Situated between the Bucegi and Piatra Craiului Mountains, 30 km far from Brasov, Bran Castle, is the main touristic point that attracts hundreds of thousands of tourists because of a legend: Count Dracula’s Legend, although the historical sources state that Vlad the Impaler came here only once, in his route to Brasov.


Bran Castle is situated on the old border between Transylvania and Wallachia. Commonly known as “Dracula’s Castle” (although it is one among several locations linked to the Dracula legend, including Poenari Fortress and Hunyad Castle), it is marketed as the home of the titular character in Bram Stoker’s Dracula. There is, however, no evidence that Stoker knew anything about this castle, which has only tangential associations with Vlad III, voivode of Wallachia, the inspiration for Dracula. The location Bram Stoker actually had in mind for Dracula’s Castle while writing his novel was not far from the Borgo Pass near the former border of Transylvania with Moldavia.


The castle is now a museum open to tourists, displaying art and furniture collected by Queen Mary. At the bottom of the hill where the Bran Castle is located, is a small open air museum exhibiting traditional Romanian peasant structures (cottages, barns, etc.) from across the country.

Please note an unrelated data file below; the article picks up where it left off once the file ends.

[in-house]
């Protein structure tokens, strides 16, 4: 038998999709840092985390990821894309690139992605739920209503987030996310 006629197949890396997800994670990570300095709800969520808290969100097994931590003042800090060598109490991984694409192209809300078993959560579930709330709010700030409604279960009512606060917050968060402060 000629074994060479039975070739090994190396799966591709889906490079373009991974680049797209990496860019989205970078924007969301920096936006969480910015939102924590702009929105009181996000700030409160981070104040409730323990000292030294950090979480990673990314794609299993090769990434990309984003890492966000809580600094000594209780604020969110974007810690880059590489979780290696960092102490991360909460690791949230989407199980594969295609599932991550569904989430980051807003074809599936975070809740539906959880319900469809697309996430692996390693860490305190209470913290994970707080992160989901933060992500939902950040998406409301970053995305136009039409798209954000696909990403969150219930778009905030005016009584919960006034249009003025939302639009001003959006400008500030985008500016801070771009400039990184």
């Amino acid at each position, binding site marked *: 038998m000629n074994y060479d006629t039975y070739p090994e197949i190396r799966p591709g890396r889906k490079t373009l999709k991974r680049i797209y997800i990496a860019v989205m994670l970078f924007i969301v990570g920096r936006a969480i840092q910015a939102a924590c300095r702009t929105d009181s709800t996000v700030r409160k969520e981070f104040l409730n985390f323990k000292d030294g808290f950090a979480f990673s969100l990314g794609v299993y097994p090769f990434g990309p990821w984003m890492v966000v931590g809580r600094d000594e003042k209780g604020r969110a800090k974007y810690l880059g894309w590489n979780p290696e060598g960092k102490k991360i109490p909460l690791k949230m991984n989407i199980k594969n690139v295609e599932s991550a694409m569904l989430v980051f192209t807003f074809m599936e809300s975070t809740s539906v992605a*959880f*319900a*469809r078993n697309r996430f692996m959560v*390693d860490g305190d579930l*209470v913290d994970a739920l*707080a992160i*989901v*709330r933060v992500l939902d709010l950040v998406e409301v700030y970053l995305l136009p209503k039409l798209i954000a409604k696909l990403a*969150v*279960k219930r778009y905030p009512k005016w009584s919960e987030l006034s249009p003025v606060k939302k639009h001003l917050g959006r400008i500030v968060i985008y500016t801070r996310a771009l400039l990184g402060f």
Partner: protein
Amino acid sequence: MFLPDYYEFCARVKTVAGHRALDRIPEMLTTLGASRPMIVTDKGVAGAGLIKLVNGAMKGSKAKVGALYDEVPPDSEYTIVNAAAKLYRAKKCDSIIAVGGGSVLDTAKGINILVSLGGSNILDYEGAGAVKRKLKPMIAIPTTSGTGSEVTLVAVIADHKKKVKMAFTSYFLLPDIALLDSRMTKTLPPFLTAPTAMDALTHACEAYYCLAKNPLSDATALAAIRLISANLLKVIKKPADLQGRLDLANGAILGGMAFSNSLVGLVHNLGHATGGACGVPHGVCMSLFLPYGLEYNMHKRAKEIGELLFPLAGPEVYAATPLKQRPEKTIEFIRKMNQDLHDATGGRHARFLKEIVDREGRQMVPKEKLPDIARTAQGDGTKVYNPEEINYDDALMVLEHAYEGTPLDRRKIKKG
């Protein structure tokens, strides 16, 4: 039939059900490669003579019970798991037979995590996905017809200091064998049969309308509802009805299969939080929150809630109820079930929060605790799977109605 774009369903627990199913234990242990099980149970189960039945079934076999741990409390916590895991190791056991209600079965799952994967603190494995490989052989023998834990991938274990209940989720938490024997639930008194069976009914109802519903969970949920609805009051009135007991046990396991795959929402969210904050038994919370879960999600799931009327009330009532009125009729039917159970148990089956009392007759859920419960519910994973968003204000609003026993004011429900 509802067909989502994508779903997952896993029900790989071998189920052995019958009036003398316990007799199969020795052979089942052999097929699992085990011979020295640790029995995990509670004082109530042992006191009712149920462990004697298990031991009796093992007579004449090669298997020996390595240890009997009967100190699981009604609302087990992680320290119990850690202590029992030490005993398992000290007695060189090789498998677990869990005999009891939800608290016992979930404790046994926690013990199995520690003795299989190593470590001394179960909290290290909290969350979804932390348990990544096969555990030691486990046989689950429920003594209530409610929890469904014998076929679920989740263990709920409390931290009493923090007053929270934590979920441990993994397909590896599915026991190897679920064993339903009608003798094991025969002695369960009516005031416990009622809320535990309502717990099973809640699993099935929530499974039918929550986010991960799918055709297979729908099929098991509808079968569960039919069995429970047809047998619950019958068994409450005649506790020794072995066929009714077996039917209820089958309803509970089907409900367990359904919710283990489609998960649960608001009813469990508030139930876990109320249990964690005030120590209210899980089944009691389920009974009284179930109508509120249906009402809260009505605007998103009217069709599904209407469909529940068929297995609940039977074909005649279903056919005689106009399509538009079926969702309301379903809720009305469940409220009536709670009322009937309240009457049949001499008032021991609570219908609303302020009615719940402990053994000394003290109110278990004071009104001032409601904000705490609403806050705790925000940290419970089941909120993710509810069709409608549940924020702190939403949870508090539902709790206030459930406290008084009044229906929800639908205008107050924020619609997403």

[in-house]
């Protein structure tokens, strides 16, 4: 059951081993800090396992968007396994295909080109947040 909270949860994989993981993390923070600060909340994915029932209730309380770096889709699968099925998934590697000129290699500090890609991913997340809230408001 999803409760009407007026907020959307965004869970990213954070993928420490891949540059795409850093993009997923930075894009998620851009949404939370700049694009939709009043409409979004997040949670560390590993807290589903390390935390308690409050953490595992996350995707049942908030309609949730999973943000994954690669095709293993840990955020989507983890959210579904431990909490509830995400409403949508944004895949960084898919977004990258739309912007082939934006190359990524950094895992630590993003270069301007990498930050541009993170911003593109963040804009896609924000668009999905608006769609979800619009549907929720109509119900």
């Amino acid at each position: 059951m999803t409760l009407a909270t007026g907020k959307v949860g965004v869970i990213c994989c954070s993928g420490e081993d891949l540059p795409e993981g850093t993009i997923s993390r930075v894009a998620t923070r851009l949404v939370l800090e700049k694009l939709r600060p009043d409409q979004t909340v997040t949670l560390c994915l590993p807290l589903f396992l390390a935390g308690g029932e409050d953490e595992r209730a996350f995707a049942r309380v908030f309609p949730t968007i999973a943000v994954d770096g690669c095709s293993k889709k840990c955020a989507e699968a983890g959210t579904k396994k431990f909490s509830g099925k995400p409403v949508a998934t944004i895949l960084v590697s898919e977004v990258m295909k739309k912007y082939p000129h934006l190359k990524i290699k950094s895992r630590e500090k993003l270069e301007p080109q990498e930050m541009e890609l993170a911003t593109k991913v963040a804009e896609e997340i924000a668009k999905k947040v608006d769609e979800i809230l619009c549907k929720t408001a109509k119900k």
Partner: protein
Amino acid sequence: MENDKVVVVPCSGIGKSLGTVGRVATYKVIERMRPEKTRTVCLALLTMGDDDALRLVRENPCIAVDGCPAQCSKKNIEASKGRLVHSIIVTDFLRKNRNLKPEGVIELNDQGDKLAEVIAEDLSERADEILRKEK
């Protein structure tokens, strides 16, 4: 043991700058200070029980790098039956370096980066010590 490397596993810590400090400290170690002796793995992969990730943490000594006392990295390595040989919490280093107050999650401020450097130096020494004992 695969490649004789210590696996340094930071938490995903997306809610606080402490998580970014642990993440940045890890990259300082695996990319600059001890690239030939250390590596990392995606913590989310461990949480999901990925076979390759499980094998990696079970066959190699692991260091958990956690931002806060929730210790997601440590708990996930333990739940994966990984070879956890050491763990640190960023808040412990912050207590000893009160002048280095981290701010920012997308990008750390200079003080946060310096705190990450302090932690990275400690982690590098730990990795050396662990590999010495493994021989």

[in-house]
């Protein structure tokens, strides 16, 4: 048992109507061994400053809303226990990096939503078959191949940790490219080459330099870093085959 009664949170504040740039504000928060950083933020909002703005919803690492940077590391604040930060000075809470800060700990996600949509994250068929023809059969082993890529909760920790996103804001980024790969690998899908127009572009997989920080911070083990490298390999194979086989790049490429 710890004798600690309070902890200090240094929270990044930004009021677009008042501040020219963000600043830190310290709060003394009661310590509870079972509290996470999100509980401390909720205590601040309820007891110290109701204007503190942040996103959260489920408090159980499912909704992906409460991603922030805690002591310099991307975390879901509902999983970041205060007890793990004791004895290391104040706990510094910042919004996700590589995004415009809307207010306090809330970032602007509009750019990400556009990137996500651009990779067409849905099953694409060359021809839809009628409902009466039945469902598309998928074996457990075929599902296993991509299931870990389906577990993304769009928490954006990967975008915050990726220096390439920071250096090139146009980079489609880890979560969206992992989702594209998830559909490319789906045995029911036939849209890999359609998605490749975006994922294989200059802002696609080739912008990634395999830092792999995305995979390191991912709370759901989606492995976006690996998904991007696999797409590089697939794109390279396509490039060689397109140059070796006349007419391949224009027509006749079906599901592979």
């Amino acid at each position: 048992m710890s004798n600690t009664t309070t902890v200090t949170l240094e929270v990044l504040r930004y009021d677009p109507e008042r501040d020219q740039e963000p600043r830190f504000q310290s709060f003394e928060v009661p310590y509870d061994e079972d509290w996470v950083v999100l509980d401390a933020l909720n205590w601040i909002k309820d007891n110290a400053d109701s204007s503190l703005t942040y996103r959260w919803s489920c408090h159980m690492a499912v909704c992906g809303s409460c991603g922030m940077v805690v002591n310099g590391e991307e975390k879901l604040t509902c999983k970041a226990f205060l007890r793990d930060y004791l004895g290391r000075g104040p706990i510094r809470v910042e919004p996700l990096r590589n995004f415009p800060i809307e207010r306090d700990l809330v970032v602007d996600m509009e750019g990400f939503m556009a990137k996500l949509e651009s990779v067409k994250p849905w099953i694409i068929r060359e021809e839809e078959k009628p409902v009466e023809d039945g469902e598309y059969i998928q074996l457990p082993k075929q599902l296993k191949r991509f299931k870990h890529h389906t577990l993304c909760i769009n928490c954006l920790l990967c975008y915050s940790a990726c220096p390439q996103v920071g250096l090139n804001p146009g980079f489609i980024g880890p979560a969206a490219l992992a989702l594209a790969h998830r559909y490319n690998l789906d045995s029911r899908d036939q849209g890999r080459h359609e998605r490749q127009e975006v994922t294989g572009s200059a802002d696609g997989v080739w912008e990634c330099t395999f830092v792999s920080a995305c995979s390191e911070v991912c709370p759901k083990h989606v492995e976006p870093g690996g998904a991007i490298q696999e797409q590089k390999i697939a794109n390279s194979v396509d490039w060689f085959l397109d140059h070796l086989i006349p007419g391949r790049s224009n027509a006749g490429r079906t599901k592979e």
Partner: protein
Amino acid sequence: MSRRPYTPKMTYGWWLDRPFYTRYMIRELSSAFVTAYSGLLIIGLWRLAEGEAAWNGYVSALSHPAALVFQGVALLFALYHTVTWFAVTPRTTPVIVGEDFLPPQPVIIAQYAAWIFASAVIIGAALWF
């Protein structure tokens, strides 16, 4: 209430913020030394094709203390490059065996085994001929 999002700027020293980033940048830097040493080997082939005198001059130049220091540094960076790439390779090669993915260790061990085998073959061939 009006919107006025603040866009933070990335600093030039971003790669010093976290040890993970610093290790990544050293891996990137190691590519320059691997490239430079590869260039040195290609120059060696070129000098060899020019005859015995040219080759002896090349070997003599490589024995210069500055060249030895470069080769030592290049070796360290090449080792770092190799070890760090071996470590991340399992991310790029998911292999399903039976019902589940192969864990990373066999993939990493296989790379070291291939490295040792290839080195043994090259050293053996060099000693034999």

Initially, the Bran Castle (in Slavic „brana” means „gate”) was a stronghold known as The Stone of Dietrich, built by the Teutonic Knights in 1212, as a fortified position in the Burzenland at the entrance to a mountain valley through which traders had travelled for more than a millennium, but in 1242 it was destroyed by the tartars and the stronghold was conquered by the Saxons living in Transylvania towards the end of the 13th century. The first documentary attestation dates from November 19, 1377, when Ludovic I D’Anjou king of Hungary, gave the inhabitants of Brasov the privilege to build a castle in the place of the old stronghold. Then, between 1419 and 1424, the castle was in Sigismund’s (king of Hungary) possession. In 1438-1442, the castle was used in defense against the Ottoman Empire, and later became a customs post on the mountain pass at the border between Transylvania and Wallachia. It is believed the castle was briefly held by Mircea the Elder of Wallachia during whose period the customs point was established. The Wallachian ruler Vlad Ţepeş (Vlad the Impaler) 1448-1476 does not seem to have had a significant role in the history of the fortress, although he passed several times through the Bran Gorge. For a period the Bran Castle belonged to the Magyar Kings but due to King Vladislav II’s failure to repay loans, the city of Brasov gained possession of the fortress in 1533. At the end of the 15th century, it was subordinated to the authority of the Szeklers Committee, and since the reign of Iancu of Hunedoara, it passed under the rule of the Voivode of Transylvania.